3

This is called an Even-Mansour cipher. Actually, for the differential cryptanalysis it does not matter what sort of difference you use, you only need that it propagates deterministically through linear transformations (whatever linearity means). In this case you use a difference modulo $2^{32}$: $$ A \boxminus B \equiv (A-B)\pmod{2^{32}}. $$ You compute ...


2

You mention hardware complexity, but there definitely is more software complexity in using XNOR. Most programming languages have a XOR operator, but no XNOR. Likewise, assembly languages lack XNOR (at least x86 does). That means it would basically take twice the cycles to use XNOR in place of XOR, except where two XNORs would cancel and you'd be back to XOR. ...


2

So a fundamental property of multi-party anonymous systems is you are only anonymous out of the number of honest participants in the system. If the Stasi control everyone else at the dinner table and know they didn't send the message, then they know you did no matter what protocol you use. In your case with this ring topology, because only your two ...


2

The Hamming distance is more effective when you suspect that the plaintext has been XORed with some repeating keystream. That's because XOR works at a bit level, as does the Hamming distance. The Index of Coincidence is more effective when you suspect that the plaintext has been combined with some repeating keystream, where the combiner works ...


2

There are two possibilities here: AES is secure, in which case no one can open your encryption without knowing your keys, regardless of whether you layer anything else on top of AES. AES is not secure and someone knows how to break it. In that case the security of your encryption might only be as strong as the second layer of encryption. In neither case ...


2

Apart from the obvious security vulnerability from using a simple XOR operation to convert between plaintext and ciphertext you also run into the massive security-flaw of each identical plaintext generates identical ciphertext. In any given message, if a constant cipher operation is used along with a constant key, the resultant ciphertext will be same for ...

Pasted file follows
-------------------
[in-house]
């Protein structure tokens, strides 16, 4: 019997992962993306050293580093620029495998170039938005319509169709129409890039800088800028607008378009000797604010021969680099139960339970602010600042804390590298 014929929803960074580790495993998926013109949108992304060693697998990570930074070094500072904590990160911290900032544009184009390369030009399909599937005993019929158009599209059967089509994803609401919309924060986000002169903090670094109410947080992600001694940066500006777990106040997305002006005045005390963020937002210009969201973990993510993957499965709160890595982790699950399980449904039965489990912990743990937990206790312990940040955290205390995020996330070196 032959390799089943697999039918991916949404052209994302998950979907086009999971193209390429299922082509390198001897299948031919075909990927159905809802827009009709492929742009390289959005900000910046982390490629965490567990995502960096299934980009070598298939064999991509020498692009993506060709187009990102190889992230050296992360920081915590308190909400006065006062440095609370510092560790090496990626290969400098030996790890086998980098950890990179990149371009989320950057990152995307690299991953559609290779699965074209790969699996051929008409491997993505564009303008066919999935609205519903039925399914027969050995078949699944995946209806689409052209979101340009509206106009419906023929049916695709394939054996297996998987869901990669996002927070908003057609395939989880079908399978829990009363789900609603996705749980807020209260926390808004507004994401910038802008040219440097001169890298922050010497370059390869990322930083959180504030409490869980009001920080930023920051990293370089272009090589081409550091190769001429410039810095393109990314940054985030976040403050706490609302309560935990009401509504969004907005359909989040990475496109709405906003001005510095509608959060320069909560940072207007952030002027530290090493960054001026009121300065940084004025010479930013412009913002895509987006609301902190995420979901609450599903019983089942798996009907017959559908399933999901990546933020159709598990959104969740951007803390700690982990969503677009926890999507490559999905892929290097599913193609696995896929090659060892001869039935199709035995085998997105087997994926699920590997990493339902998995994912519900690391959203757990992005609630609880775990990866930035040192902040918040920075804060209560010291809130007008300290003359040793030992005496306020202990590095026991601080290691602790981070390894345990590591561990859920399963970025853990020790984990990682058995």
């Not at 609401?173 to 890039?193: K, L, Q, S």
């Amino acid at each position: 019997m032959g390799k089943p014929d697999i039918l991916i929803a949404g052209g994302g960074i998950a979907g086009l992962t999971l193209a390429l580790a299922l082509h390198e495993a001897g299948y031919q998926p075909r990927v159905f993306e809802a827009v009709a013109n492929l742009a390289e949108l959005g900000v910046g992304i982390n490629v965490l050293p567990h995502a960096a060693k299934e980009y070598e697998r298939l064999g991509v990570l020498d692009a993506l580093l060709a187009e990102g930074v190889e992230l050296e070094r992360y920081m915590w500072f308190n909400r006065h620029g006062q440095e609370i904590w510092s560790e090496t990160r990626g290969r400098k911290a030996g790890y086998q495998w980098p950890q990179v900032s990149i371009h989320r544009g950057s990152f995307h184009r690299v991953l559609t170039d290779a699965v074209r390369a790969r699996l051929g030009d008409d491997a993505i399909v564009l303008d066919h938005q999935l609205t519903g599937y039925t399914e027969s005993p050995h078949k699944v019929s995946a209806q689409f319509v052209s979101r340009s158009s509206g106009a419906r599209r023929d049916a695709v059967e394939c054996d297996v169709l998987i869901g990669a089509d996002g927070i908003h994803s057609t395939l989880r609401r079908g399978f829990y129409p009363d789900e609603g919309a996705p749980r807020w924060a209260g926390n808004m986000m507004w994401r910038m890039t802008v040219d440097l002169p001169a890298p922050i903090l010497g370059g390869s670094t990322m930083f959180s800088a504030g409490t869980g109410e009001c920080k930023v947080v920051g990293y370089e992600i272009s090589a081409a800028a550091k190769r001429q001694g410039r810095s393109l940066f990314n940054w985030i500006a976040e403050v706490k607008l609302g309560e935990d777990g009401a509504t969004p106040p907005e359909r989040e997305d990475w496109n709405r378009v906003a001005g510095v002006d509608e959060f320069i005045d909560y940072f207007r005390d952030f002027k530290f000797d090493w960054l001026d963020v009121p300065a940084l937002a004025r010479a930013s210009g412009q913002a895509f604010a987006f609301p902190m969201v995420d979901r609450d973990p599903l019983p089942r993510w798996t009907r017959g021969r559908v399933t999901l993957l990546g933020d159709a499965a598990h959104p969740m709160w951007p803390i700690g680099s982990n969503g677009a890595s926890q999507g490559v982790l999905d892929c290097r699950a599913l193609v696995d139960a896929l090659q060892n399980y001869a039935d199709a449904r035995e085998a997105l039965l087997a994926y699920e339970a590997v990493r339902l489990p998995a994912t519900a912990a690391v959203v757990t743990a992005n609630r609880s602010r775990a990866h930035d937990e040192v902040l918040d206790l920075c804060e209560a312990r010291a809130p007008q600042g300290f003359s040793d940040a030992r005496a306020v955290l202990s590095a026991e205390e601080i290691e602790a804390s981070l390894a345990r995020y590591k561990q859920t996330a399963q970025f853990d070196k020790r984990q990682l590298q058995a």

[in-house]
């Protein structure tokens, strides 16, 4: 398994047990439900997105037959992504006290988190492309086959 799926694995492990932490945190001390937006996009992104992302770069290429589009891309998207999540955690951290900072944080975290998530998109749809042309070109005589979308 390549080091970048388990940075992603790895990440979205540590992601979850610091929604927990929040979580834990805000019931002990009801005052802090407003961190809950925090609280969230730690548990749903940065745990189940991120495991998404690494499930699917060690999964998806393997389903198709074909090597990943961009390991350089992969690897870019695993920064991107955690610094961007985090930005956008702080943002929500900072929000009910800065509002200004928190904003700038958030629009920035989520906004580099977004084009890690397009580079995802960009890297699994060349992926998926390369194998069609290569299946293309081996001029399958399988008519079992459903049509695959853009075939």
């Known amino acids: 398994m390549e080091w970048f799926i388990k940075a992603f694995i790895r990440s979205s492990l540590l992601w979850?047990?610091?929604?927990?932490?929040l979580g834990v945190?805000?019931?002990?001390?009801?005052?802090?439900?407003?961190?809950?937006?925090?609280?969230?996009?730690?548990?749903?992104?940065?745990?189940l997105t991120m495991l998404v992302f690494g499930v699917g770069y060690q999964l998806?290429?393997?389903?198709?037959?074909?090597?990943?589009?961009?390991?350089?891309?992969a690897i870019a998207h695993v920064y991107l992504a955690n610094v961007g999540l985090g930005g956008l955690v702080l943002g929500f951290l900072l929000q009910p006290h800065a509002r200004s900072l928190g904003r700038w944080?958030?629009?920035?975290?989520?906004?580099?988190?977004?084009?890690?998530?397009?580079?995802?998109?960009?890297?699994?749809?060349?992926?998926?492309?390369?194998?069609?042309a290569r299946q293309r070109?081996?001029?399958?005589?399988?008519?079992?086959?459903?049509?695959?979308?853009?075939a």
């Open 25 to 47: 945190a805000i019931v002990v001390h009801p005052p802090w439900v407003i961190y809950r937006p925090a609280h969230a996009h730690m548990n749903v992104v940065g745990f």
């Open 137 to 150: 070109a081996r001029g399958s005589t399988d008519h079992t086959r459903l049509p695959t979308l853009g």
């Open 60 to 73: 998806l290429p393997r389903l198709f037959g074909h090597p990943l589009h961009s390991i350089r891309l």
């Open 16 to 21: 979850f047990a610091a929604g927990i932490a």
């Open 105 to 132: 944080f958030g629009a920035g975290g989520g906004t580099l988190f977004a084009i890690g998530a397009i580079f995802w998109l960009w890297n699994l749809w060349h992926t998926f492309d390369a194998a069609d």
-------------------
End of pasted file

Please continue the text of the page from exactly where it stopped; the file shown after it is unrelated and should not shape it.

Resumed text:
1

For CBC mode, the IV must be Never used twice with the same key Unpredictable So, in your example (filename$\oplus$key), if you ever encrypt two files that have the same filename with the same key, you will violate #1. Now, you may be tempted to say "but I always generate a new key for every file that I encrypt, so that example doesn't apply". Fine, ...


1

I don't really know what the point of this but I think that's already covered in the comments above. So, about your Vernam cipher resp. One-Time-Pad: The "trick" of the OTP - and we can prove mathematically that it is secure - is that the key has to have the same length as the cipher text and also we assume the key was send over a secure channel (what ever ...


1

There are a reasonable number of assumptions I'm going to have to make to try and answer this question. For perfect security, we require that the keystream is truely random, and never reused (OTP,shannon). I've decided to add in a short answer here: STOP! There's absolutely no need to use a reduced character set thing anyway - you can just use your random ...


1

Collusion is a concern but unlikely in very large ad-hoc ring networks where each ring is a one-shot random walk of a suitably large and mostly trustworthy membership pool. Collision and congestion are problems though; read below. If the opponent(s) can determine where the message or the key to decipher the message came from, the poster is done for. ...


1

The answer is almost definitely no for what I think you want (question is still unclear). I was hoping someone else could give a definite no, but since they haven't I figured I'd write this up. Your exact secret sharing method probably needs to be fully described in the question. I'm going to assume that $a=a_1\oplus a_2\oplus\dots\oplus a_n$ and similarly ...


1

There is an entire class of ciphers that do exactly this. They're called stream ciphers. At their most basic, they pretend to be a one-time pad. You give them a small key and they generate a stream of seemingly random bits. You then XOR these bits with your plain-text to make ciphertext. You can add bells and whistles to this basic behaviour but what I've ...